However, I also think there are monsters who are purely reprehensible. Those that embody the ugliness in society or are clearly some cultural fear made flesh. I like them, too.

  • In terms of crumbly mansions, is there a real life mansion that you’ve visited or wanted to visit?

I’ve only ever been to the Newport mansions, which are stunning and ridiculous and the very opposite of crumbly. I’ve always wanted to see the real Allerdale Hall from Crimson Peak—but it turns out they built the entire set in the studio, which is wild to me!

What is the root of romance for you?

To me, a good romance has sizzling tension and also answers the question “why are these characters good for each other?” in a way that’s thematically satisfying.When I’m writing romance, I consider what the characters want and need individually—and how each character’s wants and needs both complement and complicate the other’s. I always try to write parallel character arcs for my romantic leads. Oftentimes, they both need the same thing; they’ve just developed different ways of coping with that lack and told themselves different stories about what exactly will make them happy.

Is there anything else you’d like to share with the readers today?

While Down Comes the Night doesn’t come out until next year, there are some really exciting books coming out in 2020! I can tell you from experience that Beyond the Ruby Veil by Mara Fitzgerald and The Deck of Omens by Christine Lynn Herman are absolutely fantastic. Some of my most-anticipated reads are Girl, Serpent, Thorn by Melissa Barshardoust, The Dark Tide by Alicia Jasinska, The Year of the Witching by Alexis Henderson, and A Golden Fury by Samantha Cohoe.

Guest Post: “The Infinity of YA Youth: or, Why I Write YA” by Jenny Elder Moke

Guest Post

Meet Jenny Elder Moke.


Jenny Elder Moke writes young adult fiction in an attempt to recapture the shining infinity of youth. She was a finalist in the 2017 Austin Film Festival Podcast Competition, and studied children’s writing with Liz Garton Scanlon.

When she is not writing, she’s gathering story ideas from her daily adventures with her two irredeemable rapscallions and honing her ninja skills as a black belt in Tae Kwon Do. Jenny lives in Austin, TX with her husband and two children.

Her debut novel, HOOD, about the daughter of Robin Hood and Maid Marien, will release from Disney/Hyperion on June 9, 2020. She is represented by Elizabeth Bewley at Sterling Lord Literistic.

Social Media Links


The Guest Post.

The Infinity of YA Youth: or, Why I Write YA


Being a kid can feel eternal. Making it through the school day; waiting to be old enough to pick your own clothes or drive your own car or eat whatever you want for breakfast; waiting for the next season of your favorite show so you can binge it and immediately regret watching it too fast (actually that’s probably an adult thing, too). Everything just takes so long when you’re ready to go go go – ready to be done with school, to be done with homework, to be an adult where you can make your own choices and your own money and your own life. So much of childhood feels like waiting for your real life to start, and that wait can stretch on forever.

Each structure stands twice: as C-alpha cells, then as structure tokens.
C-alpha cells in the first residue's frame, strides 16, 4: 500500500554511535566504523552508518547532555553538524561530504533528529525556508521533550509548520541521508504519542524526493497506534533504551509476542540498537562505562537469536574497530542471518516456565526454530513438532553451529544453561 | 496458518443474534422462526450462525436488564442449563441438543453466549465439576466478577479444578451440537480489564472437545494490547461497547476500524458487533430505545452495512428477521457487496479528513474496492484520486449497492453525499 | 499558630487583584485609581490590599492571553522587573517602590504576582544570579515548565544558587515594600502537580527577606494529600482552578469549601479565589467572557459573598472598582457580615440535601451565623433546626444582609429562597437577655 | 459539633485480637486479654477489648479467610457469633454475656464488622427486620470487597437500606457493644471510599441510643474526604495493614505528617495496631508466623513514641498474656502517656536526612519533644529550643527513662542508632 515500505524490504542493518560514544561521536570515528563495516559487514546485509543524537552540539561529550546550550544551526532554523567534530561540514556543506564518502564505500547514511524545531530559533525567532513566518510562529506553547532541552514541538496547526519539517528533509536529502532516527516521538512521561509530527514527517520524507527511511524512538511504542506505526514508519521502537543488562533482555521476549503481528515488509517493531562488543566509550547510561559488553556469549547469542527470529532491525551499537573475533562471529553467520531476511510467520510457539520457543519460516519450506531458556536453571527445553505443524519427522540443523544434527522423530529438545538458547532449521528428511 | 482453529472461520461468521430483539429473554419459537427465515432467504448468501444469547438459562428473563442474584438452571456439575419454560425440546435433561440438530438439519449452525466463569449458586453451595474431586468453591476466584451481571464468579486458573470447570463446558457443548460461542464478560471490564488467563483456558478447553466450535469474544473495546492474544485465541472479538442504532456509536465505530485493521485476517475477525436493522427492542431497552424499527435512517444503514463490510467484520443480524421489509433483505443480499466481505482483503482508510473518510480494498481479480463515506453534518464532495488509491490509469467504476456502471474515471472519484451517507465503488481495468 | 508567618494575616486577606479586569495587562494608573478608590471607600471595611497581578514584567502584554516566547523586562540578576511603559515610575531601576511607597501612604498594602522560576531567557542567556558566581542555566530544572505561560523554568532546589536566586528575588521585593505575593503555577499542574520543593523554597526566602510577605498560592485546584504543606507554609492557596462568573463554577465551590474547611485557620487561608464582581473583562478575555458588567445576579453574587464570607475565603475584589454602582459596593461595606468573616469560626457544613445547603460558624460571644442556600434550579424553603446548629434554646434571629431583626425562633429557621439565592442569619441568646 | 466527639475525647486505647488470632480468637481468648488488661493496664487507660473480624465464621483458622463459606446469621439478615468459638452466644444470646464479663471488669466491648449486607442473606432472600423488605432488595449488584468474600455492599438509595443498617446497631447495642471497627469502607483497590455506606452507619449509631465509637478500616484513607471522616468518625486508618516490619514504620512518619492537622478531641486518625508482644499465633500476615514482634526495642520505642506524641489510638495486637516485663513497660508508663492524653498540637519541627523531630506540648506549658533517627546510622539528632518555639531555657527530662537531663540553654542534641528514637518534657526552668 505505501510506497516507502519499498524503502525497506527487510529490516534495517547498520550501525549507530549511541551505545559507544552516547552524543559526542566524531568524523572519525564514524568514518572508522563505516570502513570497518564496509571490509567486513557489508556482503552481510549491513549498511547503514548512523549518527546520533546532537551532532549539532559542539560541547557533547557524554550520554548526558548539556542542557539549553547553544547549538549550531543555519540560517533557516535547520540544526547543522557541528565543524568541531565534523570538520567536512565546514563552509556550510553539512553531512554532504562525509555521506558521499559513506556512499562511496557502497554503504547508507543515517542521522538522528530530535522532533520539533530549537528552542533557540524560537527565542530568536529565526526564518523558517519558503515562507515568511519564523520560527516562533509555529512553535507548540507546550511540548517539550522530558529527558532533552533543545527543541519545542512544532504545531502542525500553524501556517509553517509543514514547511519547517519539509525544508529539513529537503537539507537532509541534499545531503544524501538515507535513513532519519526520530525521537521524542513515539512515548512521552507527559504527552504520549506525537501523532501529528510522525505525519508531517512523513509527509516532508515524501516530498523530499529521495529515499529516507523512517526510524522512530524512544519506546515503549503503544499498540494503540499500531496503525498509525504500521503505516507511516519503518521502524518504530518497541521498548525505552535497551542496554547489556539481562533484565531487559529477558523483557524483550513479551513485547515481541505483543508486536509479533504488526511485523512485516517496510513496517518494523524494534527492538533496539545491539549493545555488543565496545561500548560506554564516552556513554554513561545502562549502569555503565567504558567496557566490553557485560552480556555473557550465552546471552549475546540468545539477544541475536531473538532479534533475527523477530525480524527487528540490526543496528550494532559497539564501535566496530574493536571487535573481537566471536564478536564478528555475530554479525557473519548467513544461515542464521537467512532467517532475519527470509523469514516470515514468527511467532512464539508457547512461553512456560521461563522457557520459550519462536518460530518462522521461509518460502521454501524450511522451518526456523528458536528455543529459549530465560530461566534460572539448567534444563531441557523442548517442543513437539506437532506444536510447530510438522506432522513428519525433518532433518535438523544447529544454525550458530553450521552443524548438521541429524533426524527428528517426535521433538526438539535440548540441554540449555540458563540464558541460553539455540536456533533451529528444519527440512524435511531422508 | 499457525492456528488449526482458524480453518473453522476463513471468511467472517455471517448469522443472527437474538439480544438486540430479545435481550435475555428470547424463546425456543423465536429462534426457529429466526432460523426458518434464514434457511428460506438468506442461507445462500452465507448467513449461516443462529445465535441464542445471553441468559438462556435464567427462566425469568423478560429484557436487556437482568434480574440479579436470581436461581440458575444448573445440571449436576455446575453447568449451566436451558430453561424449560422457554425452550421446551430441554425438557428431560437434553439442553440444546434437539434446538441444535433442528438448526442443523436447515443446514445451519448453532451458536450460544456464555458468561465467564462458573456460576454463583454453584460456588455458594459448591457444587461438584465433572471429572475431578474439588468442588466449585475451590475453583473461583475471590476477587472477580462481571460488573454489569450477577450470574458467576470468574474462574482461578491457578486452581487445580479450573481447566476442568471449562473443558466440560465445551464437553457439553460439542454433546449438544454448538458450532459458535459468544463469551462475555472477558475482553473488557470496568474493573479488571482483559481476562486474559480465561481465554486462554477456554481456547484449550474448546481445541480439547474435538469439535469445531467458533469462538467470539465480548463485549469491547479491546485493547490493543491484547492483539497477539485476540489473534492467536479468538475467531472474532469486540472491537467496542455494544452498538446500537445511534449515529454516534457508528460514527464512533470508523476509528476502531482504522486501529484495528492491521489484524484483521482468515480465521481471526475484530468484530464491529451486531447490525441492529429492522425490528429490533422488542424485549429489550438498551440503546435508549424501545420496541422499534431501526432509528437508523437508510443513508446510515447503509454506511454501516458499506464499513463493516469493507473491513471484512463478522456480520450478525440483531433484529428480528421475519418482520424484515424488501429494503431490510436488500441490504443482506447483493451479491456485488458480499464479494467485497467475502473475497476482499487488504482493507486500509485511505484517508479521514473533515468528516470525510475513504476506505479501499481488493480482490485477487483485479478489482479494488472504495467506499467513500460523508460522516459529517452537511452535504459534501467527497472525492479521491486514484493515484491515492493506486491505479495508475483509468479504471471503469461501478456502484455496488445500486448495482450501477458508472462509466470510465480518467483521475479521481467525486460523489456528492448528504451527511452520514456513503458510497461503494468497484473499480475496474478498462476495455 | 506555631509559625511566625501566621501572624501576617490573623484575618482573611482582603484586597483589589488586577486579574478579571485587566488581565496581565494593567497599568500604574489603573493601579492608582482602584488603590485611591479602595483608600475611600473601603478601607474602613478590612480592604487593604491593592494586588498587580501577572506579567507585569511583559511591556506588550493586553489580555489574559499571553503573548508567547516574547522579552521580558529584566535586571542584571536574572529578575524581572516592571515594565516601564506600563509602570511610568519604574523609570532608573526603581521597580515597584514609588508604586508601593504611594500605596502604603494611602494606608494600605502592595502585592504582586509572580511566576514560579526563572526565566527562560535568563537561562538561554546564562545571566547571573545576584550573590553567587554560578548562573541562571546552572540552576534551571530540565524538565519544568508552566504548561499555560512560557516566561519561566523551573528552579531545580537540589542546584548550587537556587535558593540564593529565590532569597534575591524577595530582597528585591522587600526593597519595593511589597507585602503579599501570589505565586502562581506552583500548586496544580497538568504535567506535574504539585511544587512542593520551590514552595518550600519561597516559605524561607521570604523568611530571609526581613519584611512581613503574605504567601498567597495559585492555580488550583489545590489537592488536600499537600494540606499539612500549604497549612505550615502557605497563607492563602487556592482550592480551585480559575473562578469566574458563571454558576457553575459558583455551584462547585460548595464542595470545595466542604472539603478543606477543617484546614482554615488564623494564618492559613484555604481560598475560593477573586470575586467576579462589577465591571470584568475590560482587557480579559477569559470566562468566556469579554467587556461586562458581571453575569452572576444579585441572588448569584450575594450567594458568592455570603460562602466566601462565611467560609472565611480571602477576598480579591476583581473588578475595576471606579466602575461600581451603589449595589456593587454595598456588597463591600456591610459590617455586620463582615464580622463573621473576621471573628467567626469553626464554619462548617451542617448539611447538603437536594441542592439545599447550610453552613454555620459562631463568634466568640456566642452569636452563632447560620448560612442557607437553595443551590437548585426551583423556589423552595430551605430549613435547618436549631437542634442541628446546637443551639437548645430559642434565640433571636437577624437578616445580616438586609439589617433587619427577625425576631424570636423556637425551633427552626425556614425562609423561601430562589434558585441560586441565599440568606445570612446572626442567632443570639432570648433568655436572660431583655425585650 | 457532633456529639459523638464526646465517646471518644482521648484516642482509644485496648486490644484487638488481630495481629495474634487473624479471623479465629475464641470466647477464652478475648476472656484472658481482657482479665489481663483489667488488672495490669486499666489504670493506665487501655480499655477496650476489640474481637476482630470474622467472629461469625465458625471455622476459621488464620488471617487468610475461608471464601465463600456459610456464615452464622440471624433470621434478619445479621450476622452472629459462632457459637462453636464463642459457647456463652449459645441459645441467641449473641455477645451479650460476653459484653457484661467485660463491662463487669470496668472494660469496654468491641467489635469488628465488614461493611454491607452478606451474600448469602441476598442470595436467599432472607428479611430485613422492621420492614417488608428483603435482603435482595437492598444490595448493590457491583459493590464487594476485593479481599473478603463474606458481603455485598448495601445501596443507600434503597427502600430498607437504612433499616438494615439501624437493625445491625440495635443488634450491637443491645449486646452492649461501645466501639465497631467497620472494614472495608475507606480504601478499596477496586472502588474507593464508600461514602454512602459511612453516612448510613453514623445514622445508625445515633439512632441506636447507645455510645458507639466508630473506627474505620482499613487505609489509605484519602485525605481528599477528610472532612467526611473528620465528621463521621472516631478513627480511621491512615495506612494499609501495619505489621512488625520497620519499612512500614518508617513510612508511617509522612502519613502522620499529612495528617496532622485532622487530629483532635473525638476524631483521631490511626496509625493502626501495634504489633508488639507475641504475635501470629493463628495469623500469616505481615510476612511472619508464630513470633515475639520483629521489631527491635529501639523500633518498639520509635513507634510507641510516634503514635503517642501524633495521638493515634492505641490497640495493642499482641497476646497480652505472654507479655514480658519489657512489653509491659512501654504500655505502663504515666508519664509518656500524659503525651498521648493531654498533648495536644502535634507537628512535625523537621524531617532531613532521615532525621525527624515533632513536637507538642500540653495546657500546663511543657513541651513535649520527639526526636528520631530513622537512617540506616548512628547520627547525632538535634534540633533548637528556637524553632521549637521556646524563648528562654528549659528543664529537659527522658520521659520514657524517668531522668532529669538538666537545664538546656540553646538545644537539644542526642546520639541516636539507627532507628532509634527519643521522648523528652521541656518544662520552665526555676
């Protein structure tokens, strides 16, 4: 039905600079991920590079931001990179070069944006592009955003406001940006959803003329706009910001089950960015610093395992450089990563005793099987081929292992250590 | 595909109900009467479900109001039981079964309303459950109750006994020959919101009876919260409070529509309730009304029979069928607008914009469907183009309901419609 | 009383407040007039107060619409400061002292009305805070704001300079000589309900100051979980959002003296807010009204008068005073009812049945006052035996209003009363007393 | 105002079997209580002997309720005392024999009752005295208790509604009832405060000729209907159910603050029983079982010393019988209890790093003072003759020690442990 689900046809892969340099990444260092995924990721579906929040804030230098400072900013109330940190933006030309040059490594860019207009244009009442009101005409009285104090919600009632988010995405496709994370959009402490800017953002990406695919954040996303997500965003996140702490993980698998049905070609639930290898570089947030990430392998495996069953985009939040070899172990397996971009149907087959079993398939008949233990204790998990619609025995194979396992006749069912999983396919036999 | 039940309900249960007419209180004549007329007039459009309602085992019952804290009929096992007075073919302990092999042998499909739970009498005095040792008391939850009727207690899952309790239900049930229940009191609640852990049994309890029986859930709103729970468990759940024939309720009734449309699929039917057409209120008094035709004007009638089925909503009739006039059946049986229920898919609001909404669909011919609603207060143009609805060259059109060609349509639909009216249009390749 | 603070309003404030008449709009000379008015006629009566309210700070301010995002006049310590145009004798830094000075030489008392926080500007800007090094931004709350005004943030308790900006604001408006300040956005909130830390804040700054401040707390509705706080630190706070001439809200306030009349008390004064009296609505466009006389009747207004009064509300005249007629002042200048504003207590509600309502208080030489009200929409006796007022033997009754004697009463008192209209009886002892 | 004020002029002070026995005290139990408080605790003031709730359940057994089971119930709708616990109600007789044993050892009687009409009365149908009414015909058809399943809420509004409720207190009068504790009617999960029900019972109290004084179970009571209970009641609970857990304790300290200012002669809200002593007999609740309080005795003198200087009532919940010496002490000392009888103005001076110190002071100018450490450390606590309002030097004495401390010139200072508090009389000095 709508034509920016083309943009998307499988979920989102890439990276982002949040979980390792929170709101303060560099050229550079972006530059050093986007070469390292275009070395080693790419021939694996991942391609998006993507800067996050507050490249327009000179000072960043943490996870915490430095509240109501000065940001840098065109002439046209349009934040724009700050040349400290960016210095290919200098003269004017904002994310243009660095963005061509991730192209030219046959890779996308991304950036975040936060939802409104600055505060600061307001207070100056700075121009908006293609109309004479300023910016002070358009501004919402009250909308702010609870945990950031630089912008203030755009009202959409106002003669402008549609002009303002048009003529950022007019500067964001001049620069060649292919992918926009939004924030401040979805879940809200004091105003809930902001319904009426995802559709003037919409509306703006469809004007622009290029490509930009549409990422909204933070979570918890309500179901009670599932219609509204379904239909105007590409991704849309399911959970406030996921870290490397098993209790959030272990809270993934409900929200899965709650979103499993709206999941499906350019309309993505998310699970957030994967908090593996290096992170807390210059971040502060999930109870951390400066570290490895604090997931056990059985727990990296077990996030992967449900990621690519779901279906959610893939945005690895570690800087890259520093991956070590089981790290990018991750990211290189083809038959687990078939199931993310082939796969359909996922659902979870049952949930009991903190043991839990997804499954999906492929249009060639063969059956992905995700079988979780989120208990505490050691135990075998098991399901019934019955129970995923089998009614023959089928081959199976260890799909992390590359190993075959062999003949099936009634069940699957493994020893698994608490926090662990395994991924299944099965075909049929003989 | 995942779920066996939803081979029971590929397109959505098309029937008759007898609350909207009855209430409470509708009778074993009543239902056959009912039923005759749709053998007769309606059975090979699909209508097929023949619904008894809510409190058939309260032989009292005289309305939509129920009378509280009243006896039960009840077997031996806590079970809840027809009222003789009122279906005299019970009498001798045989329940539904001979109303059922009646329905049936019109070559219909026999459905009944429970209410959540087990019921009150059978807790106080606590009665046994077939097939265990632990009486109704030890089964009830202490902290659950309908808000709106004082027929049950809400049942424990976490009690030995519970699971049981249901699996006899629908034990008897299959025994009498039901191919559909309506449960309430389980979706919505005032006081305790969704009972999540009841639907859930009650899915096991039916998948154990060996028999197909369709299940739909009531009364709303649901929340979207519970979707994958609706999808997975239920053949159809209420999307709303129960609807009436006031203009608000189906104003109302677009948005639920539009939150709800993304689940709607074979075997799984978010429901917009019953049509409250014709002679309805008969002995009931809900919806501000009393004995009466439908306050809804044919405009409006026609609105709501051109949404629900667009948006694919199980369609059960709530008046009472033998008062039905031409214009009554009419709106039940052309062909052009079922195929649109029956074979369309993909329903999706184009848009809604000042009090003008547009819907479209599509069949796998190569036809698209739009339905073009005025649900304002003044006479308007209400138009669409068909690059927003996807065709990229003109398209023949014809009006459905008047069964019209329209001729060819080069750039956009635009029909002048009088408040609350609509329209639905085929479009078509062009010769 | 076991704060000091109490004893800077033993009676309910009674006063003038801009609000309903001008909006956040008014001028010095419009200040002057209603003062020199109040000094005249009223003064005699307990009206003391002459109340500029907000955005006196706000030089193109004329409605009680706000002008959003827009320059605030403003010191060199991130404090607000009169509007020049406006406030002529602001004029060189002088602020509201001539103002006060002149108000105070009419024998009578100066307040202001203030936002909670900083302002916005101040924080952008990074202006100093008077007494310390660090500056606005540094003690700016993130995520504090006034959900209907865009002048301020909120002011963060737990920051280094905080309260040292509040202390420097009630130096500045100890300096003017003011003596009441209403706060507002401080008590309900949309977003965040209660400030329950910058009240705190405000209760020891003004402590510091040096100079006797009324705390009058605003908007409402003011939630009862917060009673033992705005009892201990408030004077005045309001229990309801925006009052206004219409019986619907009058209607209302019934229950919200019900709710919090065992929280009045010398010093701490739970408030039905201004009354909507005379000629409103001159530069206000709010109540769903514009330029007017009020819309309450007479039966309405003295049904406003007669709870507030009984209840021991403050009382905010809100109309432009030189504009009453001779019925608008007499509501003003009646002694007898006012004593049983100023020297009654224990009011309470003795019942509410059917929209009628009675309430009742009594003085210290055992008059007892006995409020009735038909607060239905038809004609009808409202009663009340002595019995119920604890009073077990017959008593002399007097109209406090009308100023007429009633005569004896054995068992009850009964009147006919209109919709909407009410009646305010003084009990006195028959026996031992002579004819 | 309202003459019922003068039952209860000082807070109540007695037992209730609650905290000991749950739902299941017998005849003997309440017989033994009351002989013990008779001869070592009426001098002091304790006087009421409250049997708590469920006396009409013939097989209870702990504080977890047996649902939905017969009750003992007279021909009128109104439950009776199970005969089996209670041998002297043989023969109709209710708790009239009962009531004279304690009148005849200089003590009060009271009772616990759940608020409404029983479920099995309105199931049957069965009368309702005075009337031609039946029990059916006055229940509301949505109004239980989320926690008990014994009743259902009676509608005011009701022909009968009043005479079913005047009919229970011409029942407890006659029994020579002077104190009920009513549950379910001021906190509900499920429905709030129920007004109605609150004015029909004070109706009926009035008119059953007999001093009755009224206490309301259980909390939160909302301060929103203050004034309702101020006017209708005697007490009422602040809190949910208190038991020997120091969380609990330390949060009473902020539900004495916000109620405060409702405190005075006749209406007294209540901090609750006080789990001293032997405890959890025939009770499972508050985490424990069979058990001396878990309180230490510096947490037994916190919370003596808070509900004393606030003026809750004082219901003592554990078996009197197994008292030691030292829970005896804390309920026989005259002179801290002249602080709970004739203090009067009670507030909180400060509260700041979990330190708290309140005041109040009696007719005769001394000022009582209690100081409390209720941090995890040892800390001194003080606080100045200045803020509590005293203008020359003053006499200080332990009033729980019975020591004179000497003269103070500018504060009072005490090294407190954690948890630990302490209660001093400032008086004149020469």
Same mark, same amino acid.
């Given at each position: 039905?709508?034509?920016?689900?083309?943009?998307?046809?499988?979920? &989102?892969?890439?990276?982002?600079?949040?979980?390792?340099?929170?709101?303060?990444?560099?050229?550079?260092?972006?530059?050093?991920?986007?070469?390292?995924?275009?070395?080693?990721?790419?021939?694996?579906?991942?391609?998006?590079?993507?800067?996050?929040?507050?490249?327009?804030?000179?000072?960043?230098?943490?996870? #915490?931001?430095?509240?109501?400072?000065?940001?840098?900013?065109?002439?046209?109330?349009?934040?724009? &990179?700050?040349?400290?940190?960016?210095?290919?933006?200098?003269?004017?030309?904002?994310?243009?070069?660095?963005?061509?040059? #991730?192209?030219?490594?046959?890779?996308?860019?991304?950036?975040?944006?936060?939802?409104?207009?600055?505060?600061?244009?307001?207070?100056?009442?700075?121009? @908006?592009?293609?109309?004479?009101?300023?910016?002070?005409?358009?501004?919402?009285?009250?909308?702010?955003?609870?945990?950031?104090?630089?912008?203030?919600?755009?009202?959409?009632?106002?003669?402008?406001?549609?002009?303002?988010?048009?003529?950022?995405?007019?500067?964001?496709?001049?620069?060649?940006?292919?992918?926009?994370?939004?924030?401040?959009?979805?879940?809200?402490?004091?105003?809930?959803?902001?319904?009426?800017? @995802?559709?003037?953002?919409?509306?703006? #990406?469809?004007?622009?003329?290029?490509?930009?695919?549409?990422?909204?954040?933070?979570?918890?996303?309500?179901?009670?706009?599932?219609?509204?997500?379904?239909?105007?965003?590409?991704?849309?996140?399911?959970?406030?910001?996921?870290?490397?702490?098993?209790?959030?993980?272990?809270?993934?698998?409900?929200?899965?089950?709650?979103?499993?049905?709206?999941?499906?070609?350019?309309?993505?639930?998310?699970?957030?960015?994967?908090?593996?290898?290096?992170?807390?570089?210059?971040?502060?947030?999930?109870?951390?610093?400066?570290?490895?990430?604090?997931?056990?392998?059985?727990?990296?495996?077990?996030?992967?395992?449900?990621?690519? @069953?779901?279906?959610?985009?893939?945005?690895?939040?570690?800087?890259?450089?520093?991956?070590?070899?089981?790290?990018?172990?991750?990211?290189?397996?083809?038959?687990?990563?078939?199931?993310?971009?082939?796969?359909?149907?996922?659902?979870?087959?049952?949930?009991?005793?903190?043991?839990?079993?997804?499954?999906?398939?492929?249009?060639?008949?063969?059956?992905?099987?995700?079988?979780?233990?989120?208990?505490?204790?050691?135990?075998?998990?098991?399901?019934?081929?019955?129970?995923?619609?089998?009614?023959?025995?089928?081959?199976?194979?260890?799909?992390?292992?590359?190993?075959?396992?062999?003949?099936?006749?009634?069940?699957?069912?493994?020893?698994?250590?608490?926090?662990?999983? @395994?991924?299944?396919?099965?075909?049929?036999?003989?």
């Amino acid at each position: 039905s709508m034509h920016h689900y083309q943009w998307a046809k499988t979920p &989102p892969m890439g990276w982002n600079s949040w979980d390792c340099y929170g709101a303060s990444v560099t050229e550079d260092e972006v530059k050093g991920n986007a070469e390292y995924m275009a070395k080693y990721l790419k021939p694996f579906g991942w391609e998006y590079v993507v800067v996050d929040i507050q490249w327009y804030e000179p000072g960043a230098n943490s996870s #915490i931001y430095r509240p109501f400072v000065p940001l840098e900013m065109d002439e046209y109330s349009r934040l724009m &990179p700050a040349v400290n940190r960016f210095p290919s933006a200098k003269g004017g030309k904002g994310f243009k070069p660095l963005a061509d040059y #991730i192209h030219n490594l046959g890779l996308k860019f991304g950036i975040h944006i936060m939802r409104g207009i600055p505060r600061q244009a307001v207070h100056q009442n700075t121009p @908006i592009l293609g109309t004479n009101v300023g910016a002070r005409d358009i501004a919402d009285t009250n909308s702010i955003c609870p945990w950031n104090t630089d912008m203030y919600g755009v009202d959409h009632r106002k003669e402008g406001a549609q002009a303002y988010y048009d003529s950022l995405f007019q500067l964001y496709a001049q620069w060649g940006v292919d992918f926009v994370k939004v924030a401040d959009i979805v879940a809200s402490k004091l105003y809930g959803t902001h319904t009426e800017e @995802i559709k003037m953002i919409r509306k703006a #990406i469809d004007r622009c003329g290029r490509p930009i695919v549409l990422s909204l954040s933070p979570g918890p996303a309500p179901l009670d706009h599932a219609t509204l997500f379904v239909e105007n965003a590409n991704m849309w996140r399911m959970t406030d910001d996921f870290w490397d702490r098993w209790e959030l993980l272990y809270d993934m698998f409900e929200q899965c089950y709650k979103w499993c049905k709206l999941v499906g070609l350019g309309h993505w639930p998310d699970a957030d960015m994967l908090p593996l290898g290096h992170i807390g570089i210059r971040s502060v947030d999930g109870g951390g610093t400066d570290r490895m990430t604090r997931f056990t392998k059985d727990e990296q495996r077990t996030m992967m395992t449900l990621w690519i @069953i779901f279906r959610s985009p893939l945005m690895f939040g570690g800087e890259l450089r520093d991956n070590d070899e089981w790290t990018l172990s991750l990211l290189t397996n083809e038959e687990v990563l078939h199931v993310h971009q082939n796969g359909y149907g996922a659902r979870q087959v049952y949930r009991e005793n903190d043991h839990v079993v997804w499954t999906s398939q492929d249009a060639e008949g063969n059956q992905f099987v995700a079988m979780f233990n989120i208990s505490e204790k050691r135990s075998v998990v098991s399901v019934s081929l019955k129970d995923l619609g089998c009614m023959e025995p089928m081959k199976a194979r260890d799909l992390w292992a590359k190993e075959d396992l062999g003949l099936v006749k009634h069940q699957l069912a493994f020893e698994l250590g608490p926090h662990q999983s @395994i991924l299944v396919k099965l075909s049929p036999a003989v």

But there’s another type of eternity in childhood that first drew me to young adult novels as a reader, and then as a storyteller myself. There’s a line in my bio that says I write young adult novels to recapture the shining infinity of youth, and that infinity isn’t the tiny eternity you live trying to make it through a chemistry final. It isn’t the eternity of waiting for your birthday, or Christmas, or summer vacation. It’s the infinity of possibility. When you’re young, you’re on the edge of everything. You’re on the precipice of experiencing everything for the first time – first love, first heartbreak, first achievements, first year of high school, first year of college (VERY different experiences if you haven’t lived them both yet), all those life-changing moments that shape you into the adult you will become. You’re on the edge of forming your best, truest self, the butterfly you’ll triumphantly explode into after the transformative cocoon of childhood.

And all those firsts? Sometimes they hurt – horribly, worse than anything you’ll ever feel. And sometimes they are like sips of sunshine, a joy so pure and radiant it bursts through every pore in your body. Sometimes they fill you with a rage that makes you shake, and sometimes they make you so blue you’ll feel like you’re drowning on land. Sometimes they’ll feel like too much, like your skin will burst or your heart will explode from the pressure. You don’t yet have ways to protect yourself from them, from the immediacy and the intensity. You have no choice but to be present, to experience those feelings so deeply and fully that they overwhelm you.

But that’s what I love most about young adult fiction, far more than adult fiction. That immediacy of emotion, the importance of every decision, that feeling that everything you do is huge. What you wear today, what books you read, what hobbies you pursue, what schools you look at – every single decision feels like it’s setting you on a course for the rest of your life. Some of them do, and some of them don’t, but you can’t know which ones are which until you make them and live through them. And even though that living through them can be painful and messy and complicated, you’re fully living. You’re in the thick of it, your brain and your body and your spirit coming alive with possibility.